74. 74.

    Gandhi, “The Jews” (1938): 239.

  75. 75.

    Gandhi, “The Jews” (1938): 239.

  76. 76.

    Gandhi, “The Jews” (1938): 239.

  77. 77.

    Gandhi, “The Jews” (1938): 242.

  78. 78.

    Gandhi, “The Jewish Question” (1939): 416. The accusation that Gandhi was “influenced by…fanatic pan-Islamists” was made by Greenberg. Quoted in CWMG 75: 415.

  79. 79.

    Buber to Gandhi (1939): 10.

  80. 80.

    Buber to Gandhi (1939): 14.

  81. 81.

    Buber to Gandhi (1939): 5.

  82. 82.

    Buber to Gandhi (1939): 6.

  83. 83.

    Buber to Gandhi (1939): 8.

  84. 84.

    Buber to Gandhi (1939): 5–6.

  85. 85.

    Buber to Gandhi (1939): 6. These passages dealing with “substance” and surrounding ones are absent from the letter’s republication in Friedman’s edited volume Pointing the Way [(1957): 139–47], thereby moving from a nation languishing on stepmother soil to the “command” and “fulfillment” of the “promised land,” skipping over Buber’s effort to respond to Gandhi’s concern with biblical justifications.

  86. 86.

    Buber to Gandhi (1939): 5.

  87. 87.

    Buber to Gandhi (1939): 11.

  88. 88.

    Buber to Gandhi (1939): 12.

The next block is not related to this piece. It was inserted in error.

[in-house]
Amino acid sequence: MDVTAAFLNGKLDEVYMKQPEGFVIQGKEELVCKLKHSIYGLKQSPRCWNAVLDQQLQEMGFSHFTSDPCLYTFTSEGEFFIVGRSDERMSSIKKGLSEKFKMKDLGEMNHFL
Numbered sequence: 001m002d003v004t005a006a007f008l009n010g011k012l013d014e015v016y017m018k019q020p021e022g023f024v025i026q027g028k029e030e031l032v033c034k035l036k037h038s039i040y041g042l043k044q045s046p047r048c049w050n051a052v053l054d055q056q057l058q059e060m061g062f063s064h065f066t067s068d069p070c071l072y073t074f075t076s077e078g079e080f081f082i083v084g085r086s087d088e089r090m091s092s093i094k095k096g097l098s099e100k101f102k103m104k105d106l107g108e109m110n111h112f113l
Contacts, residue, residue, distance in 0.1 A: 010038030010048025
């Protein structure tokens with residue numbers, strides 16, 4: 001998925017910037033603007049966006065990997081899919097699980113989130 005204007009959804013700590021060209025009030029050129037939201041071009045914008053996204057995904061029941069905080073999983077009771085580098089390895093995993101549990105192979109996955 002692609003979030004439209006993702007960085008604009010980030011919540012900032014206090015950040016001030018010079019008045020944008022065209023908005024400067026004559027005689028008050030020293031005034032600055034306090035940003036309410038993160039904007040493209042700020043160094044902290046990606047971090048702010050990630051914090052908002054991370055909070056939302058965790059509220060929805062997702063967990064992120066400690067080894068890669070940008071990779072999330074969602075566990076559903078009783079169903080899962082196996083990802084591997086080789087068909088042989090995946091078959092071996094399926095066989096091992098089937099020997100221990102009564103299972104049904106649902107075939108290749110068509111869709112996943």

89. 89.

    Buber to Gandhi (1939): 13.

  90. 90.

    Buber to Gandhi (1939): 11.

  91. 91.

    Buber to Gandhi (1939): 12.

  92. 92.

    Gandhi, “The Jewish Question” (1939): 415.

  93. 93.

    Gandhi, “Letter to HSL Polak,” 14 October 1909, CWMG vol. 10: 167–72.

  94. 94.

    Buber, I and Thou (1970): 168.

  95. 95.

    Buber, I and Thou (1970): 62.

  96. 96.

    Buber to Gandhi (1939): 6.

  97. 97.

    Buber, I and Thou (1970): 78.

  98. 98.

    Buber, I and Thou (1970): 70.

  99. 99.

    Buber to Gandhi (1939): 12.

  100. 100.

    Gandhi, Hind Swaraj or Indian Home Rule (1909) CWMG 10: 280, 303.

  101. 101.

    Gandhi, “Is Non-Violence Ineffective” (1939) CWMG 74: 392.

  102. 102.

    Buber, I and Thou (1970): 103–4.

  103. 103.

    Buber to Gandhi (1939): 12.

  104. 104.

    Gandhi, Hind Swaraj (1909): 269.

  105. 105.

    Gandhi, Hind Swaraj (1909): 273.

  106. 106.

    Gandhi, Hind Swaraj (1909): 264.

  107. 107.

    Gandhi, Hind Swaraj (1909): 306.

  108. 108.

    Gandhi, Hind Swaraj (1909): 293.

  109. 109.

    Gandhi, “Is this Humanity?” Young India 21 October 1926: CWMG 36: 391.

  110. 110.

    Gandhi, “Talk to Satyagrahi Volunteers,” Harijan 25 March 1939, CWMG 75: 134–5.

  111. 111.

    Gandhi, Hind Swaraj (1909): 265.

  112. 112.

    Buber, I and Thou (1970): 143.

  113. 113.

    Buber, I and Thou (1970): 160–1.

  114. 114.

    Buber, I and Thou (1970): 141.

  115. 115.